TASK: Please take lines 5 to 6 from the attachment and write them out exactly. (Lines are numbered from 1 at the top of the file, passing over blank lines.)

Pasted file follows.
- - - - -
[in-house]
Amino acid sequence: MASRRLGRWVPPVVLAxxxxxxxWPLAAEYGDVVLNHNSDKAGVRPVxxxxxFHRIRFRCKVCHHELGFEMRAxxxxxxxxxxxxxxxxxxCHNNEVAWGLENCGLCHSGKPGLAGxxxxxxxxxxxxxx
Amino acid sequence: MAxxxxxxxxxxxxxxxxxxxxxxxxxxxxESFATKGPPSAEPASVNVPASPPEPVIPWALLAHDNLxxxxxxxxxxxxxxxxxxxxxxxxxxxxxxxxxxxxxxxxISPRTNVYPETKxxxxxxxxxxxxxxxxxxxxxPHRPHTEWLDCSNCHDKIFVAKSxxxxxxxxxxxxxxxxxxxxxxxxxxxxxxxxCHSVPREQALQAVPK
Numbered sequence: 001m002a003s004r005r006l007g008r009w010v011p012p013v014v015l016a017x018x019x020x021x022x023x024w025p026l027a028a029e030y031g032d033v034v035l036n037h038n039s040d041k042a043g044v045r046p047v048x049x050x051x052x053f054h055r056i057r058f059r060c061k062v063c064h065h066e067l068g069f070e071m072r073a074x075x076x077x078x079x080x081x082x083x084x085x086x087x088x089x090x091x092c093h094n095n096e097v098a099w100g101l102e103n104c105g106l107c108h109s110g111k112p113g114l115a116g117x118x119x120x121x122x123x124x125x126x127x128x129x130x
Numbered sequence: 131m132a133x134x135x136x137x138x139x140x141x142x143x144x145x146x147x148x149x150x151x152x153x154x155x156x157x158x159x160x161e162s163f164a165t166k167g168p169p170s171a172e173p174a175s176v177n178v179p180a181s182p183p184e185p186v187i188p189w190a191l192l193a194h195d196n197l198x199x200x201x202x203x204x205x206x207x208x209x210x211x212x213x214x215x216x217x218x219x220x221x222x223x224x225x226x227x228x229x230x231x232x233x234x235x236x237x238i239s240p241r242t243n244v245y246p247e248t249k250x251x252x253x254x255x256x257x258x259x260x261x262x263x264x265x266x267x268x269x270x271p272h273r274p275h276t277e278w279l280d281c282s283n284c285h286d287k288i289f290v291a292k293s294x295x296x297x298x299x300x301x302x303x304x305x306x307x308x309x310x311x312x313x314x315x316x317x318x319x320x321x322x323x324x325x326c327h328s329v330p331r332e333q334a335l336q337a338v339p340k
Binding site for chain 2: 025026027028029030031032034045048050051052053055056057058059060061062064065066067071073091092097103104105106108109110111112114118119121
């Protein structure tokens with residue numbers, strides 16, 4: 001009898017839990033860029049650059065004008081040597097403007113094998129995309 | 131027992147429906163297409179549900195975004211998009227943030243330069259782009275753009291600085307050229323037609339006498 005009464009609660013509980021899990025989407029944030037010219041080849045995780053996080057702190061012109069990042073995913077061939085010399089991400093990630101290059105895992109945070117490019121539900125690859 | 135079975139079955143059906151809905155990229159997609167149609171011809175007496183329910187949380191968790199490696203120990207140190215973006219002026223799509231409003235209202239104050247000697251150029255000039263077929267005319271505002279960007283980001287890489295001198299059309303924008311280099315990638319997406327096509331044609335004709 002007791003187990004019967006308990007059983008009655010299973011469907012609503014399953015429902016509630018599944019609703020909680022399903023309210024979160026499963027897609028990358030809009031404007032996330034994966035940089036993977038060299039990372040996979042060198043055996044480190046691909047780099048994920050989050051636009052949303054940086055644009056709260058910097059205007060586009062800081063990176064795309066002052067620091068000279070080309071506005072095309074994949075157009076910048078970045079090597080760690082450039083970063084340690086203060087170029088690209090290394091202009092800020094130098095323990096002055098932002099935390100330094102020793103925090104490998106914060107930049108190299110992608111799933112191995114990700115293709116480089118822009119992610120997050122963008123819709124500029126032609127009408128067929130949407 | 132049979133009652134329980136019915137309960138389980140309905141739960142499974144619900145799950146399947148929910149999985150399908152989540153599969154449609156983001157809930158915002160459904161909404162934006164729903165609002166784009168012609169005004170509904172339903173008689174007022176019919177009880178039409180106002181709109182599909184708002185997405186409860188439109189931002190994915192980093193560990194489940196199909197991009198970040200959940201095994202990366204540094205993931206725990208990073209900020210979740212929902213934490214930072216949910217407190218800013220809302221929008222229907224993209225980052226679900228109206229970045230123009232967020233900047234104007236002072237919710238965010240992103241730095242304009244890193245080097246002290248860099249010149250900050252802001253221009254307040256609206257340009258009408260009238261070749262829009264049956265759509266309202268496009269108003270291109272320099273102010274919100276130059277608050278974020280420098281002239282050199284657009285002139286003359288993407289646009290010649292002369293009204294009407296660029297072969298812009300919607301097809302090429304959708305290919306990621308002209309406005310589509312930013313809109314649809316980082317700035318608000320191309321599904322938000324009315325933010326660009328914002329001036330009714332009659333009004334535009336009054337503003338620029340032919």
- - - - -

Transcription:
Numbered sequence: 131m132a133x134x135x136x137x138x139x140x141x142x143x144x145x146x147x148x149x150x151x152x153x154x155x156x157x158x159x160x161e162s163f164a165t166k167g168p169p170s171a172e173p174a175s176v177n178v179p180a181s182p183p184e185p186v187i188p189w190a191l192l193a194h195d196n197l198x199x200x201x202x203x204x205x206x207x208x209x210x211x212x213x214x215x216x217x218x219x220x221x222x223x224x225x226x227x228x229x230x231x232x233x234x235x236x237x238i239s240p241r242t243n244v245y246p247e248t249k250x251x252x253x254x255x256x257x258x259x260x261x262x263x264x265x266x267x268x269x270x271p272h273r274p275h276t277e278w279l280d281c282s283n284c285h286d287k288i289f290v291a292k293s294x295x296x297x298x299x300x301x302x303x304x305x306x307x308x309x310x311x312x313x314x315x316x317x318x319x320x321x322x323x324x325x326c327h328s329v330p331r332e333q334a335l336q337a338v339p340k
Binding site for chain 2: 025026027028029030031032034045048050051052053055056057058059060061062064065066067071073091092097103104105106108109110111112114118119121